Talk to your vendor. Some booth vendors are more eco-friendly than others. Some may operate under environmentally mindful conditions—using alternative energy and energy-efficient practices, for example—while others may have pre-fabricated booths built from eco-friendly materials. Be sure to ask your vendor for more advice on how you can create a green display for your next exhibit.
Going green doesn’t have to cost a lot of money. While you may have to buy a custom booth to go green, recycled and eco-friendly materials sometimes cost less than their non-recycled alternatives. Talk to your vendor, research your options, and take your time in designing an approach to green exhibiting that works for your company. No matter how far you go with it—from using recycled papers to building an entire booth from eco-friendly materials—you’ll be making a positive contribution.
Low Voltage Outdoor Lighting Is Safer And Eco-friendly
by: Loni Young
Low voltage outdoor lighting is a safer and more energy-friendly solution. It also looks better as overly bright lights don't always look that good.
Outdoor lights are exposed to rain and snow which always presents a risk of electrocution no matter how careful you are. The higher the voltage the more harmful the injury, with the most severe result being death. Low voltage outdoor lighting virtually eliminates this risk. At this low level you may feel a little tingle but nothing that could bring harm or death.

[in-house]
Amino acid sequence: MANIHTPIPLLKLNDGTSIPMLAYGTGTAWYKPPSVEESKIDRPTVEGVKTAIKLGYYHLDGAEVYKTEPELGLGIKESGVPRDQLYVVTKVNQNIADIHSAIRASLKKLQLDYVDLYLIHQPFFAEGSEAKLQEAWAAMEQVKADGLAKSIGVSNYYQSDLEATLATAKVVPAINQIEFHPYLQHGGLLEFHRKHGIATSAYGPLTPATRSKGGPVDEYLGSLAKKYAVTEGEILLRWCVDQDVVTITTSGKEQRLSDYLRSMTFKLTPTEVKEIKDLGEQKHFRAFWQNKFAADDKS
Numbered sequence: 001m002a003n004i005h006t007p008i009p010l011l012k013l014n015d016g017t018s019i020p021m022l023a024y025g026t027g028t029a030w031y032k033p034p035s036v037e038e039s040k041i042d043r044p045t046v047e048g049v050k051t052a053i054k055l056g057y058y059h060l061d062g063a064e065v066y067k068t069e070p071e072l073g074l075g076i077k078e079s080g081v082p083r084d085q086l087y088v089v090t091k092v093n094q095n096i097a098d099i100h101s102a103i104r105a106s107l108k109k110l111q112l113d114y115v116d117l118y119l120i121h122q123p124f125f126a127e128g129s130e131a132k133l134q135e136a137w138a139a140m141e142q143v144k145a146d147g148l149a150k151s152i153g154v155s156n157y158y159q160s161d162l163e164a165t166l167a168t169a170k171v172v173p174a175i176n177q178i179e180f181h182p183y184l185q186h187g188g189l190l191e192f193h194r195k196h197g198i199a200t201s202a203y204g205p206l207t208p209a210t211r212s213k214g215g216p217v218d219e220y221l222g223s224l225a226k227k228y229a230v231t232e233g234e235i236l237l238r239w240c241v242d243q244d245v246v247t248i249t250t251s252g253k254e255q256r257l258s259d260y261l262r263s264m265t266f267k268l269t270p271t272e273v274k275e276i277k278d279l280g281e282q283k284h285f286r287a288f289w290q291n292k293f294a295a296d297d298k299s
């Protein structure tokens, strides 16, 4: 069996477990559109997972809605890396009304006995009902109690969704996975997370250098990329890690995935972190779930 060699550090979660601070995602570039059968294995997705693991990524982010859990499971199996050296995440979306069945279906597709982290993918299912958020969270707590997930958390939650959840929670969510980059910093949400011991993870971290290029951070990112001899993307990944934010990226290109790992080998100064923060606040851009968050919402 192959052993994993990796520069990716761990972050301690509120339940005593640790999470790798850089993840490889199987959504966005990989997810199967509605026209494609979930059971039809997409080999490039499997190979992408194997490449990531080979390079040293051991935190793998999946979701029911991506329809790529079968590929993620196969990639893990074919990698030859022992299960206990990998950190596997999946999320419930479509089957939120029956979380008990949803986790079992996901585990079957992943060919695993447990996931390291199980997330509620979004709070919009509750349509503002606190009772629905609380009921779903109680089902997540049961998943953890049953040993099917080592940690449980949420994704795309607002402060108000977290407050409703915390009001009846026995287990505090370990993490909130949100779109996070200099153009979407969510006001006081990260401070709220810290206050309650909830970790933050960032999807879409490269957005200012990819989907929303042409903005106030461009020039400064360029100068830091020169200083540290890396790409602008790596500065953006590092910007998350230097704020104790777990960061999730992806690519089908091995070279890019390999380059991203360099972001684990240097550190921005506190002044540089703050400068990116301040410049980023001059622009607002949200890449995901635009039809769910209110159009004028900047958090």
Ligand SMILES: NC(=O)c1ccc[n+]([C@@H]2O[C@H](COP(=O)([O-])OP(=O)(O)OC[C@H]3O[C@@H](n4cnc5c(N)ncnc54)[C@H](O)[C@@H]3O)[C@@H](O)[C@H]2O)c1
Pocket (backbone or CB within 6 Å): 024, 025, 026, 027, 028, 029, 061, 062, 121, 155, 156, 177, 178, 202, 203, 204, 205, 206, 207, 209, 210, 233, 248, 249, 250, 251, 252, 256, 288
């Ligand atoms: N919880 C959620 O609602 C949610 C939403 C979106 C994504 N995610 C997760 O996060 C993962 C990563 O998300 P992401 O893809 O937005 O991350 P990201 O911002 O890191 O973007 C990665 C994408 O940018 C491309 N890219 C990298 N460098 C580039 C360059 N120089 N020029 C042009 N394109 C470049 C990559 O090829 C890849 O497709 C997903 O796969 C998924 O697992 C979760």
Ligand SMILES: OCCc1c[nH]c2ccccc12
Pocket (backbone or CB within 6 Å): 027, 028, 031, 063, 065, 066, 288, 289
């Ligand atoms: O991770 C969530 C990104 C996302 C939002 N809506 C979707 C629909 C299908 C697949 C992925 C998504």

Low voltage outdoor lighting is also more eco-friendly because it uses less electricity. For much of the time outdoor lighting is not meant to help us see more clearly in the dark, rather it is an aesthetic element design to make your house and yard look more elegant in the evening hours. Houses do look more beautiful when they are lit up at night, but if it is not providing lighting to see better, then it really is a waste of electricity, especially in these days of global warming. Low voltage outdoor lighting is a wonderful solution.
In addition, most low voltage outdoor lighting is solar powered so it is completely run on renewable energy. You can have beautiful lighting and not increase your eco footprint.